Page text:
## Lie algebras IIJuly 20, 2009

Posted by Akhil Mathew in algebra.
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I’m going to get back eventually to the story about finite-dimensional modules, but for now, Lie algebras are more immediate to my project, so I’ll talk about them here.

From an expository standpoint, jumping straight to ${\mathfrak{sl}_2}$ basically right after defining Lie algebras was unsound. I am going to try to motivate them here and discuss some theorems, to lead into more of the general representation theory.

Derivations

So let’s consider a not-necessarily-associative algebra ${A}$ over some field ${F}$. In other words, ${A}$ is a ${F}$-vector space, and there is a ${F}$-bilinear map ${A \times A \rightarrow A}$, which sends say ${(x,y) \rightarrow xy}$, but it doesn’t have to either be commutative or associative (or unital). A Lie algebra with the Lie bracket would be one example.

## Why simple modules are often finite-dimensional, IJuly 19, 2009

Posted by Akhil Mathew in algebra.
Tags: , , , ,

Today I want to talk (partially) about a general fact, that first came up as a side remark in the context of my project, and which Dustin Clausen, David Speyer, and I worked out a few days ago.  It was a useful bit of algebra for me to think about.

Theorem 1 Let ${A}$ be an associative algebra with identity over an algebraically closed field ${k}$; suppose the center ${Z \subset A}$ is a finitely generated ring over ${k}$, and ${A}$ is a finitely generated ${Z}$-module. Then: all simple ${A}$-modules are finite-dimensional ${k}$-vector spaces.

We’ll get to this after discussing a few other facts about rings, interesting in their own right.

## Representations of sl2, Part IJuly 17, 2009

Posted by Akhil Mathew in algebra, representation theory.
Tags: , , , , ,

${\mathfrak{sl}_2}$ is a special Lie algebra, mentioned in my previous post briefly. It is the set of 2-by-2 matrices over ${\mathbb{C}}$ of trace zero, with the Lie bracket defined by:

$\displaystyle [A,B] = AB - BA.$

The representation theory of ${\mathfrak{sl}_2}$ is important for several reasons.

1. It’s elegant.
2. It introduces important ideas that generalize to the setting of semisimple Lie algebras.
3. Knowing the theory for ${\mathfrak{sl}_2}$ is useful in the proofs of the general theory, as it is often used as a tool there.

In this way, ${\mathfrak{sl}_2}$ is an ideal example. Thus, I am posting this partially to help myself learn about Lie algebras.

## Lie algebras: fundamentalsJuly 16, 2009

Posted by Akhil Mathew in algebra, representation theory, Uncategorized.
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The following topic came up in the context of my project, which has been expanding to include new areas of mathematics that I did not initially anticipate. Consequently, I have had to learn about several new areas of mathematics; this is, of course, a common experience at RSI. For me, the representation theory of Lie algebras has been one of those areas, and I will post here about it to help myself understand it. Right here, I’ll aim to cover the groundwork necessary to get to the actual representation theory in a future post.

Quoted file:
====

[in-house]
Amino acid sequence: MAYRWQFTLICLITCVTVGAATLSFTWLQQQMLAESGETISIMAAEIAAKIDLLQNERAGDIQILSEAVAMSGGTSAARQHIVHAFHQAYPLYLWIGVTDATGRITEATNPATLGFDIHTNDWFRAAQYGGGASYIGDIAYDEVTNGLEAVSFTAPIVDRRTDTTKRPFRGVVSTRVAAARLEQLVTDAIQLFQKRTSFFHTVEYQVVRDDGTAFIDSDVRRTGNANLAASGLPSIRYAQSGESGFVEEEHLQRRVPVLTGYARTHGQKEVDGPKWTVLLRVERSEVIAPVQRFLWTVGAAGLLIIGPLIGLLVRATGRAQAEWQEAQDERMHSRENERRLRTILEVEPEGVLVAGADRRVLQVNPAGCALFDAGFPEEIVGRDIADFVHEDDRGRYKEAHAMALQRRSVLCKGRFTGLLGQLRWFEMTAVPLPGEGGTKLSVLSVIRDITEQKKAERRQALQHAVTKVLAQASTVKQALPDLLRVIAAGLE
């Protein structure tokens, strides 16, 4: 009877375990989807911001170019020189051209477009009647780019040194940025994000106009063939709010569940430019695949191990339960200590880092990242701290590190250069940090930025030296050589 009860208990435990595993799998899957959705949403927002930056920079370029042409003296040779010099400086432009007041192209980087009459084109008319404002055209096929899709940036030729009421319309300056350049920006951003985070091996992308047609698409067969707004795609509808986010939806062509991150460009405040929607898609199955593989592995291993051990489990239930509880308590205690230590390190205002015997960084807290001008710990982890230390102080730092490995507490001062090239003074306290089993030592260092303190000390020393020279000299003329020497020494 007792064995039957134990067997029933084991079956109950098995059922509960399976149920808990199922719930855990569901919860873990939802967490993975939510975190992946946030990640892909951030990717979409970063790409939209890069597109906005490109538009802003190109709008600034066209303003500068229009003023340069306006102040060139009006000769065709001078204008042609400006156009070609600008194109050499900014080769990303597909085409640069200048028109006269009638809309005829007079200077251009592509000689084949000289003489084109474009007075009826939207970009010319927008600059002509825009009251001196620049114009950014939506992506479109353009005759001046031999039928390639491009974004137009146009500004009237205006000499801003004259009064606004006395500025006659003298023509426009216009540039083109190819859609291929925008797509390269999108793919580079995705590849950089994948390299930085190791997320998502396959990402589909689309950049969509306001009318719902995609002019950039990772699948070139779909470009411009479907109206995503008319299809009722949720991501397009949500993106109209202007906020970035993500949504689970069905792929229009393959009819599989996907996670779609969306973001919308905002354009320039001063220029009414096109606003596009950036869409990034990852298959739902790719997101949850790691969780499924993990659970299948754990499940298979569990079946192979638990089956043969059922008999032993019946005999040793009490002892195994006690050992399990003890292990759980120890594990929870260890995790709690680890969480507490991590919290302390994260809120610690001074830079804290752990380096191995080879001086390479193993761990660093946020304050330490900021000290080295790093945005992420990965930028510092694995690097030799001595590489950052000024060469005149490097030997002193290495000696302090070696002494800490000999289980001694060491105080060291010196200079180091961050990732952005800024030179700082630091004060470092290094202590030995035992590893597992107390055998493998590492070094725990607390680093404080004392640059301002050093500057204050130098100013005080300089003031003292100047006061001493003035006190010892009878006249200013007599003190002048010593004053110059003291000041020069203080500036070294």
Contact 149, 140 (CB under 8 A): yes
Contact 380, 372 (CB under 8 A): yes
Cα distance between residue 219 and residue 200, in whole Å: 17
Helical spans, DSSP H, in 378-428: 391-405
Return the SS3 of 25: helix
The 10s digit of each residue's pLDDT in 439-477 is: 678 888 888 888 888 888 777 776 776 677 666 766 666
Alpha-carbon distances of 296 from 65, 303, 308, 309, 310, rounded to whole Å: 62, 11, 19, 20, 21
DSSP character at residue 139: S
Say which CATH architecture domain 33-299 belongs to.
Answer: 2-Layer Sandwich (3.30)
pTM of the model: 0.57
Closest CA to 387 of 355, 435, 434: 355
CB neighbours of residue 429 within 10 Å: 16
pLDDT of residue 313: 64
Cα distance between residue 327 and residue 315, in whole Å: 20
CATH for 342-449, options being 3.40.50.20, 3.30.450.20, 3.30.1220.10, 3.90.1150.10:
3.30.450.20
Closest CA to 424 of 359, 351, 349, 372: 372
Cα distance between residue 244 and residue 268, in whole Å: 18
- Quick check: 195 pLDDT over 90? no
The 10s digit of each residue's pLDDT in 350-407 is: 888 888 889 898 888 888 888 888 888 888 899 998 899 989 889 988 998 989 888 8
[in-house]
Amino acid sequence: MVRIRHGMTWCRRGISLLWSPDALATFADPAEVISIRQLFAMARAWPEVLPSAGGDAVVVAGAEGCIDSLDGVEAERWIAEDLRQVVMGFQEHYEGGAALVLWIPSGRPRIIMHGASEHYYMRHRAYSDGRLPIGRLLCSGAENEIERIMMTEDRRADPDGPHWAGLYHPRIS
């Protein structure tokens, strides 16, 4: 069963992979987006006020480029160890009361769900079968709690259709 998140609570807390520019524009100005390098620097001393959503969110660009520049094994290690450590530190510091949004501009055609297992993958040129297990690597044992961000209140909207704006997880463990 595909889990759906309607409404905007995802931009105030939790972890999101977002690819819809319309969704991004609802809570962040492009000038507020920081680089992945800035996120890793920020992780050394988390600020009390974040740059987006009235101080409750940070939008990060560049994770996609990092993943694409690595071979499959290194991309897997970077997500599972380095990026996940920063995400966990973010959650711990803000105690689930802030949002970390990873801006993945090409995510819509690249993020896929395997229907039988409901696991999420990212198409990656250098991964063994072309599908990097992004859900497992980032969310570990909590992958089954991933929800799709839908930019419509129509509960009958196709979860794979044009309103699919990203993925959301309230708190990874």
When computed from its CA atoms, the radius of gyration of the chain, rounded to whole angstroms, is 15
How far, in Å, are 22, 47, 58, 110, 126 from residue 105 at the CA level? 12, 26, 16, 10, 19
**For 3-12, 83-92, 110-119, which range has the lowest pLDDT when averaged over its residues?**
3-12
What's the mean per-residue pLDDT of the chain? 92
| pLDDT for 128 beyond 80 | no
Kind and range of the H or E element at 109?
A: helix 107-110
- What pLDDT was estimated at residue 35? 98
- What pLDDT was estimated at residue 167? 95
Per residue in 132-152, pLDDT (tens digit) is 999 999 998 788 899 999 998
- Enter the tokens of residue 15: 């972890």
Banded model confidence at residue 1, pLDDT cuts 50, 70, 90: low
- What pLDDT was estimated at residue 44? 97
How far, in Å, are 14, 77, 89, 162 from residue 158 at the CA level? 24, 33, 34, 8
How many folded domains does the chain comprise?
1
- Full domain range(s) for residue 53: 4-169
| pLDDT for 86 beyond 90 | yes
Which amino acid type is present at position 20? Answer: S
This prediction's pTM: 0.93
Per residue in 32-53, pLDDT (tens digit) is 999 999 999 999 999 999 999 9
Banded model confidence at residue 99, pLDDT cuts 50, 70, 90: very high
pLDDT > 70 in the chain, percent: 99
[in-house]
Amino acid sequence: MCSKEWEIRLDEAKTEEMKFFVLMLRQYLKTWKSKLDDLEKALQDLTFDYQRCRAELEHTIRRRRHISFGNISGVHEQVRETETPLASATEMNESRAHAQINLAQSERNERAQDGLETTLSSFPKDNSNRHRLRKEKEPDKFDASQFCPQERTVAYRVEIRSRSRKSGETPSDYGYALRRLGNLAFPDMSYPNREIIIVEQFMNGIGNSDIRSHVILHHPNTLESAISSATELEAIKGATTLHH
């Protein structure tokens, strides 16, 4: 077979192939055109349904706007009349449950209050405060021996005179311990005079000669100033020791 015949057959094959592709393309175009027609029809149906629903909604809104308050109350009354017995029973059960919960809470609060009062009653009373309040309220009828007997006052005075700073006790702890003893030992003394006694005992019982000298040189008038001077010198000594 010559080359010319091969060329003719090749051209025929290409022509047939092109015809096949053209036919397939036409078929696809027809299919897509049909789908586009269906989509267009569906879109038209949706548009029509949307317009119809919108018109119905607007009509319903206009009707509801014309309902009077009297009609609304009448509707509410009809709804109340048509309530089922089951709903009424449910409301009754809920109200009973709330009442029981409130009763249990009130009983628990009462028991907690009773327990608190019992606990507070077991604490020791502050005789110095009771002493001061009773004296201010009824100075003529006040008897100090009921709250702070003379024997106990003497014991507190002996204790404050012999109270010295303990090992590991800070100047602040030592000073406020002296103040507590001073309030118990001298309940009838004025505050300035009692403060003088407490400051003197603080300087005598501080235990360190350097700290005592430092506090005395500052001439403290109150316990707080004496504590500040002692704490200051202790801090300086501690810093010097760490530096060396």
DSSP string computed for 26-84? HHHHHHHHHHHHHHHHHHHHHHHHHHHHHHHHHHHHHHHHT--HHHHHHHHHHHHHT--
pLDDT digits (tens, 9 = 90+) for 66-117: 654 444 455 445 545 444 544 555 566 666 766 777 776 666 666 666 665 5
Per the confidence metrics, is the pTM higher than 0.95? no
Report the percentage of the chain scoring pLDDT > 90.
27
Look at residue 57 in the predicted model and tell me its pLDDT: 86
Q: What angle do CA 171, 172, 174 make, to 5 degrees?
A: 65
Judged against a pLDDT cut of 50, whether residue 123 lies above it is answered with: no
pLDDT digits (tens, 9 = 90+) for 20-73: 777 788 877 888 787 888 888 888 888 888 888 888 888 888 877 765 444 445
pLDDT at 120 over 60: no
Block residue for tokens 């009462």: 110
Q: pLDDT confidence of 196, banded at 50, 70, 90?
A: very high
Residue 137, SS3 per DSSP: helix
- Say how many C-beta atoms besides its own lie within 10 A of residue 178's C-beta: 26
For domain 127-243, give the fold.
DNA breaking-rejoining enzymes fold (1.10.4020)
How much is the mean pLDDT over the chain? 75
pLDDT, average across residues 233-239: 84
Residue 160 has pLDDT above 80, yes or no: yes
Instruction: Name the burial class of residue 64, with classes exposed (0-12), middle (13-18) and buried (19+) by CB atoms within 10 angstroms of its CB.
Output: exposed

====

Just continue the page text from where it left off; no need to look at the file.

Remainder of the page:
Lie Algebras

Throughout, we work over ${{\mathbb C}}$, or even an algebraically closed field of characteristic zero.

Definition 1 A Lie algebra is a finite-dimensional vector space ${L}$ with a Lie bracket ${[\cdot, \cdot]: L \times L \rightarrow L}$ satisfying:

• The bracket ${[\cdot, \cdot]: L \times L \rightarrow L}$ is ${{\mathbb C}}$-bilinear in both variables.
• ${[A,B] = -[B,A]}$ for any ${A,B \in L}$.
• ${[A, [B,C]] + [B, [C,A]] + [C, [A,B]] = 0}$. This is the Jacobi identity.

To elucidate the meaning of the conditions, let’s look at a few examples. (more…)

## Grothendieck Groups and the Eilenberg SwindleJuly 12, 2009

Posted by Akhil Mathew in algebra, representation theory.
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The following topic came up in a discussion with my mentor recently. Since the material is somewhat general and well-known, but relevant to my project area, I decided to write this post partially to help myself understand it better.

Definition

Consider an abelian category ${\mathbf{A}}$. Then:

Definition 1 The Grothendieck group of ${\mathbf{A}}$ is the abelian group ${K(\mathbf{A})}$ defined via generators and relations as follows: ${K(\mathbf{A})}$ is generated by symbols ${[M]}$ for each ${M \in \mathbf{A}}$, and by relations ${[M] - [M'] - [M'']}$ for each exact sequence

$\displaystyle 0 \rightarrow M' \rightarrow M \rightarrow M'' \rightarrow 0.\ \ \ \ \ (1)$

Note here that if ${M,N}$ are isomorphic, then ${[M] = [N]}$ in ${K(\mathbf{A})}$ by considering the exact sequence

$\displaystyle 0 \rightarrow M \rightarrow N \rightarrow 0 \rightarrow 0.$

The Grothendieck group has an important universal property: (more…)

## Basics of group representation theoryJuly 10, 2009

Posted by Akhil Mathew in algebra, representation theory.
Tags: , , ,
Start with a group ${G}$. At least for now, we’re essentially going to be constructed with finite groups, but many of these constructions generalize. A representation of ${G}$ is essentially an action of ${G}$ on a finite-dimensional complex vector space ${V}$.
Definition 1 A representation of the group ${G}$ is a finite-dimensional complex vector space ${V}$ and a group-homomorphism ${G \rightarrow Aut(G)}$. In other words, it is a group homomorphism ${G \rightarrow GL_n(V)}$, where ${n = \dim \ V}$, and ${GL_n}$ is the group of invertible ${n}$-by-${n}$ matrices.
An easy example is just the unit representation, sending each ${g \in G}$ to the identity matrix. (more…)